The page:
This done, the prolocutor, first willing him to write his mind of them that night, said moreover, that he should dispute in them, and caused a copy of the articles to be delivered him, assigning him to answer thereunto on Monday next: and so charged the mayor with him again, to be had to Bocardo, where he was kept before; offering moreover unto him, to name what books he would occupy, and should have them brought unto him. The archbishop was greatly commended of every body for his modesty; insomuch that some masters of arts were seen to weep for him, which in judgment were contrary to him.

            Then was Dr. Ridley brought in, who, hearing the articles read unto him, answered without any delay, saying, they were all false; and said further, that they sprang out of a bitter and sour root. His answers were sharp, witty, and very learned. Then did they lay to his charge a sermon that he made when he was bishop of Rochester, wherein (they said) he spake with transubstantiation. He denied it utterly, and asked whether they could bring out any that heard him, which would say and affirm with them the same. They could bring no proof of it at all. After that, he was asked of one, whether he desired not my lord chancellor that now is, to stick to the mass, and other things? He said, that my Lord would say no such things or words of him; for if he did, he reported not the truth of him.

            Then he was asked, whether he would dispute or no? He answered, that as long as God gave him life, he should not only have his heart, but also his mouth and pen to defend his truth: but he required time and books. They said, he could not, and that he should dispute on Thursday, and till that time he should have books. He said it was not reason, that he might not have his own books, and time, also, to look for his disputations. Then gave they him the articles, and bade him write his mind of them that night, and so did they command the mayor to have him from whence he came.

            Last of all came in Master Latimer in like sort, with a kerchief, and two or three caps on his head, his spectacles hanging by a string at his breast, and a staff in his hand, and was set in a chair; for so was he suffered by the prolocutor. And after his denial of the articles, when he had Wednesday appointed for disputation, he alleged age, sickness, disuse, and lack of books, saying, that he was almost as meet to dispute, as to be a captain of Calais: but he would, he said, declare his mind either by writing or word, and would stand to all they could lay upon his back: complaining moreover, that he was permitted to have neither pen nor ink, nor yet any book but only the New Testament there in his hand, which, he said, he had read over seven times deliberately, and yet could not find the mass in it, neither the marrow-bones nor sinews of the same. At which words the commissioners were not a little offended; and Dr. Weston said, that he would make him grant that it had both marrowbones and sinews in the New Testament. To whom Master Latimer said again, "That you will never do, Master Doctor:" and so, forthwith, they put him to silence; so that whereas he was desirous to tell what he meant by those terms, he could not be suffered. There was a very great press and throng of people, and one of the beadles swooned by reason thereof, and was carried into the vestry.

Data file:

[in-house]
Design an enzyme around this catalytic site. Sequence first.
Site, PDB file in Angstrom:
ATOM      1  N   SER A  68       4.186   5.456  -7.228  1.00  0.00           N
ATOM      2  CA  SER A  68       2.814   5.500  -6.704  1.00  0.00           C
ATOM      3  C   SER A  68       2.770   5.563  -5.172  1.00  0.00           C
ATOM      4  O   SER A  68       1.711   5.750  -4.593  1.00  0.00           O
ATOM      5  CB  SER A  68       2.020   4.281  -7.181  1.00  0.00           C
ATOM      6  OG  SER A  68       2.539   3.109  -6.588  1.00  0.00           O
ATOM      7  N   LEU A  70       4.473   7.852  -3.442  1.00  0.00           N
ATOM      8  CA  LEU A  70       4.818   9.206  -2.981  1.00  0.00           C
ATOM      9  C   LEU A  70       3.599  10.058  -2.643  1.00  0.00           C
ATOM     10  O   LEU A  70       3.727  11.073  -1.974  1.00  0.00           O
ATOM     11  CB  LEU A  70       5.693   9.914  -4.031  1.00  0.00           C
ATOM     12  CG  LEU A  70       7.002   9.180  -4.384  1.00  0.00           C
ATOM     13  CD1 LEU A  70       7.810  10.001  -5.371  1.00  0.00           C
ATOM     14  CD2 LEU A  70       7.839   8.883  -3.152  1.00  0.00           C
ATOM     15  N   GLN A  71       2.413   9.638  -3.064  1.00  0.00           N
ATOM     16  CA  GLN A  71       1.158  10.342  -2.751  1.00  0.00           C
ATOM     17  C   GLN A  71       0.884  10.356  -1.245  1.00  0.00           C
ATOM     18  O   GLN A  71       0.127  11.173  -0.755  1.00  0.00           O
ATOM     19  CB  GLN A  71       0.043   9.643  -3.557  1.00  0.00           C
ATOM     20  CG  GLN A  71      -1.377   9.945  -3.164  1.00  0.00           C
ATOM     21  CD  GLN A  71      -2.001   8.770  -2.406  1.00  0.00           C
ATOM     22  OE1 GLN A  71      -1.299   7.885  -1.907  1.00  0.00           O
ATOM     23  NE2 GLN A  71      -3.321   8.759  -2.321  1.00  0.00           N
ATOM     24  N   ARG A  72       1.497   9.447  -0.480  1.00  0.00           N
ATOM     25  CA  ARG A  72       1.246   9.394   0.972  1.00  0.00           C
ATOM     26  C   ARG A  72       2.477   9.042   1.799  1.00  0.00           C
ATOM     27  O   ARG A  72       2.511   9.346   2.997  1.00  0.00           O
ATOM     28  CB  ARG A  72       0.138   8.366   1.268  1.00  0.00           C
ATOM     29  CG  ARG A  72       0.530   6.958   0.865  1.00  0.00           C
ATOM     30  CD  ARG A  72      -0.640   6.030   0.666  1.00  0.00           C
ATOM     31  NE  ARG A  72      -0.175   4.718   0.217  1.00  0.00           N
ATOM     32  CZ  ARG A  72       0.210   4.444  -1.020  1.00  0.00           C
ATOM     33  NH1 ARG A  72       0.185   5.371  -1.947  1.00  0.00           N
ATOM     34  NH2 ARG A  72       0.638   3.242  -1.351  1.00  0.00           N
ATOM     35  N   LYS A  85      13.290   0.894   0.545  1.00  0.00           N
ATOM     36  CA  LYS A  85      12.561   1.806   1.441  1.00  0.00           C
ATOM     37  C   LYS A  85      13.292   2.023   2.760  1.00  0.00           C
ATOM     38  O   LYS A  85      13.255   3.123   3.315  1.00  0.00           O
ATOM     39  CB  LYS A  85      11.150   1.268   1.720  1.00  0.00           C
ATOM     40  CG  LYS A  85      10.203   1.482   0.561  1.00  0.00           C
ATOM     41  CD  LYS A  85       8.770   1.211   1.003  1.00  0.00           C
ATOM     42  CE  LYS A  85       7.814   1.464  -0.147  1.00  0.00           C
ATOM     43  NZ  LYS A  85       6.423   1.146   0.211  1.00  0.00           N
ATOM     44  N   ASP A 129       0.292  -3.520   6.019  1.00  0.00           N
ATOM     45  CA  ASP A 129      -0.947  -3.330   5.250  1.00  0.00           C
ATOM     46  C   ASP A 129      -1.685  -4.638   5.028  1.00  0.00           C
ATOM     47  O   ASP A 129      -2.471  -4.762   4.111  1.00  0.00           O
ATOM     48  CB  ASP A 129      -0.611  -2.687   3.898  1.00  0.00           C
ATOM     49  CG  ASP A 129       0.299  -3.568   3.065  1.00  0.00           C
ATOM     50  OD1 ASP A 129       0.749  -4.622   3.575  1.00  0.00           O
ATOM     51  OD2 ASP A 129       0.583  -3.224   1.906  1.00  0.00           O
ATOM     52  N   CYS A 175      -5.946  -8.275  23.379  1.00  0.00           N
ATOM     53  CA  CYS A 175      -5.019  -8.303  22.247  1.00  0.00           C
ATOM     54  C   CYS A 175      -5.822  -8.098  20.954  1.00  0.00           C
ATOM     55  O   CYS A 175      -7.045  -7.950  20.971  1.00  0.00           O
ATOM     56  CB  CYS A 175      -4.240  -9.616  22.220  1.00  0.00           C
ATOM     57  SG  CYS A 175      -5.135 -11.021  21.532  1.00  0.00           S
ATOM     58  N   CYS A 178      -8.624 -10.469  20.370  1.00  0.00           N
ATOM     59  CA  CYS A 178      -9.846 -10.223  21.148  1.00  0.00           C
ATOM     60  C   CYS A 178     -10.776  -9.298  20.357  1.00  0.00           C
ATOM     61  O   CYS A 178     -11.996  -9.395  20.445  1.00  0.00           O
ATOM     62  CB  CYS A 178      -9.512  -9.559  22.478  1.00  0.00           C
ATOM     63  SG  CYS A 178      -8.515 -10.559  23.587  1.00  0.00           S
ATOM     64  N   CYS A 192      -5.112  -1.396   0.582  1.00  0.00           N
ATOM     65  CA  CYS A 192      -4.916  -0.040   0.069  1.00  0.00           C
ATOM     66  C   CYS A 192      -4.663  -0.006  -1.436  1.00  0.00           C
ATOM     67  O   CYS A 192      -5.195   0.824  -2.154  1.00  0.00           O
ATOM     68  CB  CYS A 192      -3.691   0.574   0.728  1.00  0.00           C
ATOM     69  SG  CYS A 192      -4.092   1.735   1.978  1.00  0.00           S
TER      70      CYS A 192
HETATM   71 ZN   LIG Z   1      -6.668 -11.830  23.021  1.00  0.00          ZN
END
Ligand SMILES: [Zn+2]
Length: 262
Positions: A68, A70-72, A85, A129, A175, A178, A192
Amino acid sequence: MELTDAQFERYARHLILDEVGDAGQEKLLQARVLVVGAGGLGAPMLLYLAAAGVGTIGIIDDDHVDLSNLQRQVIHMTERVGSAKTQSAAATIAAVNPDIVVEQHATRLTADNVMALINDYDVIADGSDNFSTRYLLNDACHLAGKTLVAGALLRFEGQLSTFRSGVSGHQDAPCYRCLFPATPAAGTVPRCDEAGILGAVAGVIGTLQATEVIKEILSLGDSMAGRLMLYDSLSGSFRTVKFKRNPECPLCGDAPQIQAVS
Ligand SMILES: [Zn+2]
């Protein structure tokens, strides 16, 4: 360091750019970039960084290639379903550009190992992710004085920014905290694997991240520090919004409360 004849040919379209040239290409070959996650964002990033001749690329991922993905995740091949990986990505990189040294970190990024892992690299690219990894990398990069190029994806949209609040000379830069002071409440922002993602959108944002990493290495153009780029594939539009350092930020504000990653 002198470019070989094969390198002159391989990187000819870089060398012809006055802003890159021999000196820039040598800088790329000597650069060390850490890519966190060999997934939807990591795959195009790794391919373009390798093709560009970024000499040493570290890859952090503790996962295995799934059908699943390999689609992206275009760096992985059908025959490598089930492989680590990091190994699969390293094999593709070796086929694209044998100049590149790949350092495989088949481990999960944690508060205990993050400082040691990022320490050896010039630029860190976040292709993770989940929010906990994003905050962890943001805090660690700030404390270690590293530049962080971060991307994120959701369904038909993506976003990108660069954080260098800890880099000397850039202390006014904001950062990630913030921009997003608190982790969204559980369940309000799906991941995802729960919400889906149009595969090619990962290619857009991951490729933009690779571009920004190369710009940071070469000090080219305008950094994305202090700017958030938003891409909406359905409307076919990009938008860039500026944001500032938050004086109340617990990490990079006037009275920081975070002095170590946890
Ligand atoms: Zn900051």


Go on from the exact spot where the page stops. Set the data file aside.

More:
After this, bringing home the prolocutor first, the Cambridge men, viz., Dr. Young, vice-chancellor, Seton, Glyn, Atkinson, Scot, Watson, and Sedgewick, went to the Cross Inn to supper. And this was on Saturday, being the fourteenth day of April.

            On Sunday after, Master Harpsfield preached at St. Mary's, the university church, at nine of the clock, where were divers of the doctors of the university in their robes, and placed accordingly. After the sermon they went all to dinner to Magdalene college, and there had a great dinner. They supped at Lincoln college with the prolocutor, whither Dr. Cranmer sent answer of his mind upon the articles, in writing.

            On Monday, being the sixteenth of April, Master Say and Master White, notaries, went about in the morning to the colleges, to get subscriptions to the articles. And, about eight of the clock, the prolocutor, with all the doctors and the vice-chancellor, met together at Exeter college; and so they went into the schools. And when the vice-chancellor, the prolocutor, and doctors were placed, and four (appointed to be exceptores argumentorum) sat at a table in the midst, and four notaries sitting with them, Dr. Cranmer came to the answerer's place, the mayor and aldermen sitting by him; and so the disputation began to be set to work by the prolocutor with a short præludium. Dr. Chedsey began to argue first, and ere he left, the prolocutor divers times, Drs. Tresham, Oglethorpe, Marshal, the vice-chancellor, Pie, Cole, and Harpsfield did interrupt and press him with their arguments, so that every man said somewhat, as the prolocutor would suffer, disorderly; sometimes in Latin, sometimes in English, so that three hours of the time were spent ere the vice-chancellor of Cambridge began; who also was interrupted as before. He began with three or four questions subtilely. Here the beadles had provided drink, and offered the answerer; but he refused with thanks. The prolocutor offered him, if he would retire for a brief interval, he should. Thus the disputation continued until almost two of the clock, with this applausion of the audience: Vicit veritas. Then were all the arguments, written by the four appointed, delivered into the hand of Master Say, registrar; and as for the prisoner, he was had away by the mayor; and the doctors dined together at the University college.

            And thus much concerning the general order and manner of these disputations, with such circumstances as there happened, and things there done, as well before the disputation, and in the preparation thereof, as also in the time of their disputing. Now followeth to infer and declare the orations, arguments, and answers, used and brought forth in the said disputations on both parts.